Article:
The Business & Community Newsletter – March 2016
Words, images and videos
With over 350 surveys being conducted every year, Statistics Canada provides a wide range of data in a variety of formats. This month's newsletter looks at health data fact sheets, a family violence data infographic, as well as a short video for 2016 Census job seekers.
Canadian Community Health Survey: Unmet health care needs, 2014
In 2014, roughly 3.4 million Canadians aged 12 and older (11.2%) reported that they did not receive health care when they felt they needed it. Overall, women (12.4%) were more likely than men (10.0%) to have reported an unmet health care need. Among age groups, unmet health care needs were lowest for those aged 12 to 19 and those aged 65 or older, and were highest for those aged 20 to 54.
Other characteristics were also associated with higher rates of unmet healthcare needs in 2014. For example, not having a regular medical doctor, being an Aboriginal person, being an overnight patient at a healthcare facility or having at least one chronic condition resulted in higher rates of reported unmet health care needs. There was no statistically significant difference in the proportion of Canadians reporting unmet healthcare needs between immigrant populations and non-immigrant populations or between those that lived in population centres and rural areas.
For more about the survey and its findings, consult Canadian Community Health Survey: Unmet health care needs, 2014.
Charitable donors, 2014
In 2014, 21.4% of all taxfilers claimed charitable donations, compared with 21.9% in 2013. Manitoba (24.8%), Prince Edward Island (23.6%) and Saskatchewan (22.9%) reported the highest proportions of taxfilers declaring a donation, the same top three as in 2013.
Interested in seeing how the number of donors, and the amount donated, varied across Census Metropolitan Areas (CMAs) such as St. John, Montreal, Hamilton, Winnipeg, Saskatoon, Calgary, and Victoria? All of this information and more can be found in Charitable donors, 2014.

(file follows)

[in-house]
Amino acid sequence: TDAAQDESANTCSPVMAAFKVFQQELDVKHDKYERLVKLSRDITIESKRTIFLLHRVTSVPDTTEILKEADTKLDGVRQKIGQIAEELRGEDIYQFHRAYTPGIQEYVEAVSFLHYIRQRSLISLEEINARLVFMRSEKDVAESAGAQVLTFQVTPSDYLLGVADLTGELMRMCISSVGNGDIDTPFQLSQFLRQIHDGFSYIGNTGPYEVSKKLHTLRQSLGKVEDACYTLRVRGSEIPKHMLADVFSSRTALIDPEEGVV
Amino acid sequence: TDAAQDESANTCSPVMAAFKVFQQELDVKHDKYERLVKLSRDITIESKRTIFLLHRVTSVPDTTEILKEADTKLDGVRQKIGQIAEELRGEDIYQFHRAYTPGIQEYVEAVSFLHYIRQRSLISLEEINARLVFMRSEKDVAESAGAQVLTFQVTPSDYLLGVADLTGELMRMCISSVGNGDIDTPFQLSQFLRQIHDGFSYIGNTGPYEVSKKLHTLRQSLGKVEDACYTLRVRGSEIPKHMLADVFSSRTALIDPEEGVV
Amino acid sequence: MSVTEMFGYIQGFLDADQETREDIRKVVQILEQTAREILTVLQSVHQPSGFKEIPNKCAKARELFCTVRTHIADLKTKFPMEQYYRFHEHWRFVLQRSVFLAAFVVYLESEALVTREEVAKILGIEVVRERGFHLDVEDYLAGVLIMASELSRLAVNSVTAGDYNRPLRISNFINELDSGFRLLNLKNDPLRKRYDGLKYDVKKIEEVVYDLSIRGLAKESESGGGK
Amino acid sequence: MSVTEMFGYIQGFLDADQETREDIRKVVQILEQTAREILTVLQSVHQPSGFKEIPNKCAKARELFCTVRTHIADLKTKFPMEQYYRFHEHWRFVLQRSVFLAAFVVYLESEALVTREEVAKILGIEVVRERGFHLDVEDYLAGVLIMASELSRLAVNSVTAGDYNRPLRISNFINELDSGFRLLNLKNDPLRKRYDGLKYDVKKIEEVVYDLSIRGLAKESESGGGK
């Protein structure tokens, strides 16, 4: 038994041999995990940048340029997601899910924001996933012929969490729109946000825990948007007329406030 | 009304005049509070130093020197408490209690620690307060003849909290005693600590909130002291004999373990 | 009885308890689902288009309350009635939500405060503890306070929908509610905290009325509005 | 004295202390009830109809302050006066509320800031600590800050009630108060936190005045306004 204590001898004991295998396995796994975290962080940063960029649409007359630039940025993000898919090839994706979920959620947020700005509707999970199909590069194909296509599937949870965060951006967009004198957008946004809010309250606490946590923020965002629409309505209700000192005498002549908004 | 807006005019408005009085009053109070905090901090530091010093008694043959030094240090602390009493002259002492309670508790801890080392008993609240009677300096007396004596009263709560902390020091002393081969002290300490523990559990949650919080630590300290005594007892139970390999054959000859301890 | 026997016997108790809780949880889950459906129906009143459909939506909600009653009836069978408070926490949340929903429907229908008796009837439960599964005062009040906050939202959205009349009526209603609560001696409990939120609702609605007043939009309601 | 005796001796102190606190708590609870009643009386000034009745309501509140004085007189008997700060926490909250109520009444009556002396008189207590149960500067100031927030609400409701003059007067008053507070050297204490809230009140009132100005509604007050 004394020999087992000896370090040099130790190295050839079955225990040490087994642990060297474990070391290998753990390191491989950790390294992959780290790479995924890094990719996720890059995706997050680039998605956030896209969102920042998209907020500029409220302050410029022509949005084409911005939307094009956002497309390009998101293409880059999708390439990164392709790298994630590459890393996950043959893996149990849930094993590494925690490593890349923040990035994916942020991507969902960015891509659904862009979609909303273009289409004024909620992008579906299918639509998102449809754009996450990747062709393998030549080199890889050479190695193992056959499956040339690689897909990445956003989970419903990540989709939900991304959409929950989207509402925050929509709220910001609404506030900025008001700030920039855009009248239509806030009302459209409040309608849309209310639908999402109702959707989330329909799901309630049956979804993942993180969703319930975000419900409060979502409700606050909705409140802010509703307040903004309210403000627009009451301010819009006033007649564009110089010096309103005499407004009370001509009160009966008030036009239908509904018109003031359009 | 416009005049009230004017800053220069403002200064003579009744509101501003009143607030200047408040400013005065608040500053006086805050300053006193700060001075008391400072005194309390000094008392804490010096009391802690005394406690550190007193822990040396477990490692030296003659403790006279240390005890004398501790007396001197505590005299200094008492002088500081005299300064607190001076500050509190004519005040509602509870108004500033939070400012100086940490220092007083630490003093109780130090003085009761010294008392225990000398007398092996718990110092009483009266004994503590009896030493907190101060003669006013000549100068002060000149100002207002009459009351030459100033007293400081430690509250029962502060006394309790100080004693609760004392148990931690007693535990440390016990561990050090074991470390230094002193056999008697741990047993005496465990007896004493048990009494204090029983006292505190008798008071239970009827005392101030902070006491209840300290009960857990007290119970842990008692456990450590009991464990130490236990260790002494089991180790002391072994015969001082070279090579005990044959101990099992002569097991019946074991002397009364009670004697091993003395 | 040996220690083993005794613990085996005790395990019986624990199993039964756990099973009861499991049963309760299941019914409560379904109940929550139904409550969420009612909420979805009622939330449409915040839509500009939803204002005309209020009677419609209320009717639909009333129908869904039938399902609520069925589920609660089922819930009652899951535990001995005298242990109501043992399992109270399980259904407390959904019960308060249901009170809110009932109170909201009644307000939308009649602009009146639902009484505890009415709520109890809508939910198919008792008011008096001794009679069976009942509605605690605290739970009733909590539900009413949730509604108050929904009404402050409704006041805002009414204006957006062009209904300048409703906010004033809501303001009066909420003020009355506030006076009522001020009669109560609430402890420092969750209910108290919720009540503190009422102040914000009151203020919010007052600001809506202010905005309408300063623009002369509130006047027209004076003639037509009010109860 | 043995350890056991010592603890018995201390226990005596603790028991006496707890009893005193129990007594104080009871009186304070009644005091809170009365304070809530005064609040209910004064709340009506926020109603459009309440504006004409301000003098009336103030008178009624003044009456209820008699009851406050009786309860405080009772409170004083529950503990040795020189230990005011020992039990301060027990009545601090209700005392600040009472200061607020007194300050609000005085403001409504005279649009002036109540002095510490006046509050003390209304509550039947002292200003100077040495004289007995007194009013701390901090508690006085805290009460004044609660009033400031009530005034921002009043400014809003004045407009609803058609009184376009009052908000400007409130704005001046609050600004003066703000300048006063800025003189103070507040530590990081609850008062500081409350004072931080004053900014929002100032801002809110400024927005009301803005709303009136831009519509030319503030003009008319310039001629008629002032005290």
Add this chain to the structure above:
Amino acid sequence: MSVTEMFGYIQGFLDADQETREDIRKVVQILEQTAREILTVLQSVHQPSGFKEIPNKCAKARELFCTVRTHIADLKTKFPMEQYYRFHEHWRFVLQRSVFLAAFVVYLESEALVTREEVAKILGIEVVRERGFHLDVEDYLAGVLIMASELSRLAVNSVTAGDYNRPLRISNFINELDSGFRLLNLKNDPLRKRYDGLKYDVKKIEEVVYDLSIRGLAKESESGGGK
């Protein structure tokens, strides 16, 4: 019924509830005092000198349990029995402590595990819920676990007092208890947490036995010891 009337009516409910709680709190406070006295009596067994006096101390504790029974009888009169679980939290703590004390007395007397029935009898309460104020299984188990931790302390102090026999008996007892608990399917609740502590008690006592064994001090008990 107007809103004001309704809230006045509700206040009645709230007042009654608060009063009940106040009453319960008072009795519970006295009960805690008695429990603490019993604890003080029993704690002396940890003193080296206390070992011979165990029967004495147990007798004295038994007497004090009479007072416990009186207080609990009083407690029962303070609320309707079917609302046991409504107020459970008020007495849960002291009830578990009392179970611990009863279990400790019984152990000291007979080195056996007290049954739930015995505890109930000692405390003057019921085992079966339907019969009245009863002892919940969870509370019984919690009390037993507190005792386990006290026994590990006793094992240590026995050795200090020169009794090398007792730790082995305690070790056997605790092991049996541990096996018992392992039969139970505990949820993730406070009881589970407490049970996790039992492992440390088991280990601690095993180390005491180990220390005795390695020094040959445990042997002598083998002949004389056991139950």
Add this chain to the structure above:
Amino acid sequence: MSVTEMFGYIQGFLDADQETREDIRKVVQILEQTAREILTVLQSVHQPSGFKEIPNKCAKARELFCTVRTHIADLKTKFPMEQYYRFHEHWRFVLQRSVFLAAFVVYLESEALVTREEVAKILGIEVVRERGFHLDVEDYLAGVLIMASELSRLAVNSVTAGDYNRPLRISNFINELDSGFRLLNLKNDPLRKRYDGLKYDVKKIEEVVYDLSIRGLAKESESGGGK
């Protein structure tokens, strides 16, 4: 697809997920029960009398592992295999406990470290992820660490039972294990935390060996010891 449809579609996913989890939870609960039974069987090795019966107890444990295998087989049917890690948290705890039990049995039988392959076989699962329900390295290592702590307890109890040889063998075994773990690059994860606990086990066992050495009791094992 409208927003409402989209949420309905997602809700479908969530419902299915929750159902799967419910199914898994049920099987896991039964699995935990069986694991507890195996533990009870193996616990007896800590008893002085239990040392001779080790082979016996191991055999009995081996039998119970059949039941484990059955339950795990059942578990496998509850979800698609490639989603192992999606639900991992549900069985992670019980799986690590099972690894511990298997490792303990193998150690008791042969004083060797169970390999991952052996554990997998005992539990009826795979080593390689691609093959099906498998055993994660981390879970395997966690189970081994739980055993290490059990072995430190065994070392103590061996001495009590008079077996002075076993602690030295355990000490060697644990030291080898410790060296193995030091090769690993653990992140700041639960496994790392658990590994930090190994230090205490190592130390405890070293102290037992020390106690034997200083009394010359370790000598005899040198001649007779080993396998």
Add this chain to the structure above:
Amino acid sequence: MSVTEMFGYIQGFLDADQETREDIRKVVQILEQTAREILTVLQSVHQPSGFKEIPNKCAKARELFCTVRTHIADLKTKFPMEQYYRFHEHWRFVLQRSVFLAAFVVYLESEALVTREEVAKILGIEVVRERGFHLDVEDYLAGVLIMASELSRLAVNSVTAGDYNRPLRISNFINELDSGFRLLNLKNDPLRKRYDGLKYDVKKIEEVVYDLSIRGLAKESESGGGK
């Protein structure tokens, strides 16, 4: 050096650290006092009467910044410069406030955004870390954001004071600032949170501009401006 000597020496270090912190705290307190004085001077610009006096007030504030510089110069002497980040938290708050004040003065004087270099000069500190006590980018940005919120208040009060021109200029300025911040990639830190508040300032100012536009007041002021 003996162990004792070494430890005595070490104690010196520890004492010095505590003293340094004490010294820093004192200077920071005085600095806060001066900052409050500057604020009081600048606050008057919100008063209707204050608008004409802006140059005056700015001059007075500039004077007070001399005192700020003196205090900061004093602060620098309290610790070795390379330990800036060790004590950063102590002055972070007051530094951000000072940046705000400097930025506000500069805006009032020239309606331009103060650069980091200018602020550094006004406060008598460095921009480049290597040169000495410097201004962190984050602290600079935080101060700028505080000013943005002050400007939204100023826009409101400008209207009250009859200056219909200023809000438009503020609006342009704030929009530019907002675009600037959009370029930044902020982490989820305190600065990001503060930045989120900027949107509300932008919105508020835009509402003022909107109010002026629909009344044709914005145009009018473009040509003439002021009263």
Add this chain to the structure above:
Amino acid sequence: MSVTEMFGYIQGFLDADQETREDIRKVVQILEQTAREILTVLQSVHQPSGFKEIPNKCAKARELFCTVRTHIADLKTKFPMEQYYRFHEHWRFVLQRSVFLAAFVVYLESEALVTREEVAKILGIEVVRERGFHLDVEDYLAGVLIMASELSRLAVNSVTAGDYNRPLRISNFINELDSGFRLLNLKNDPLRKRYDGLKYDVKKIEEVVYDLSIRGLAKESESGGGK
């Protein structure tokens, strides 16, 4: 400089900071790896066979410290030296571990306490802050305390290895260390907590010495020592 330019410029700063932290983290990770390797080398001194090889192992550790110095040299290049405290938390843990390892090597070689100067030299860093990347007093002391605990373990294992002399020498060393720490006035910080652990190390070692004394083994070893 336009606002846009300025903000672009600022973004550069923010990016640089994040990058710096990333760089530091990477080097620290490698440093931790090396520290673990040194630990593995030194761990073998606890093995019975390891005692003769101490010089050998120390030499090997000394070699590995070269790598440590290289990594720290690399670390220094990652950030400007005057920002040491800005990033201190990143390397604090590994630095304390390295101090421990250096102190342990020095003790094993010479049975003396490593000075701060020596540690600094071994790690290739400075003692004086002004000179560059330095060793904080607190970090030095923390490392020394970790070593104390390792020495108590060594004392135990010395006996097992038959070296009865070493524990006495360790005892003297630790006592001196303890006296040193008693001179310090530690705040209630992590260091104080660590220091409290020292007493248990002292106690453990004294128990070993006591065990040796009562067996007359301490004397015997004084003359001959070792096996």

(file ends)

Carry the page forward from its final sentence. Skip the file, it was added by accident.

Changing immigrant characteristics and entry earnings
During the 1990s and 2000s, changes in immigration selection policies significantly altered the characteristics of new immigrants to Canada across a number of dimensions, including educational attainment at landing, immigration class, source region, pre-landing Canadian work experience and geographic distribution. These changes were designed primarily to improve immigrant economic outcomes at landing. This paper, Changing immigrant characteristics and entry earnings, examines whether immigrant entry earnings improved as a result of these changes in immigration selection and, if so, which characteristics contributed most to the improvement.
Infographic - Family Violence in Canada
This Juristat article as well as this Infographic provide a general overview of family violence in Canada, intimate partner violence (including both spousal and dating violence partners), family violence against children, and family violence against seniors. This annual article is designed to help monitor changes in family violence over time and identify emerging issues. For a bigger image please see "Infographic: Family Violence in Canada".
Numbers in focus
Every month we put a couple of interesting numbers in the spotlight!
Census jobs video
2016 Census Jobs: Are you looking for a dynamic way to get involved in your community? Statistics Canada is currently accepting applications for 2016 Census positions across Canada.
For more details on census jobs in your area, please visit Census Jobs.
Also worth reading
Talking agriculture stats in Ottawa
On January 20th, Wayne Smith, Chief Statistician of Canada, delivered a presentation in Ottawa highlighting results from the Census of Agriculture data, from a national and provincial perspective. It focused on the underlying trends that have shaped the agriculture sector in Canada in the past few decades. The presentation also addressed the renewal of human capital, which is one of the important challenges that lie ahead for the agriculture sector. It was followed by a panel discussion with experts and audience questions.
The event titled Profile of Canadian agriculture and challenges ahead was organized in conjunction with the Sixth Annual Canadian Agri-food Policy Conference, and was part of Talking Stats: A discussion series with StatCan.
These half-day events are a wonderful opportunity for Statistics Canada to connect and engage with you, our data users and stakeholders, to better understand your evolving data needs and to gather your feedback. Keep an eye on our website for upcoming events in your city.
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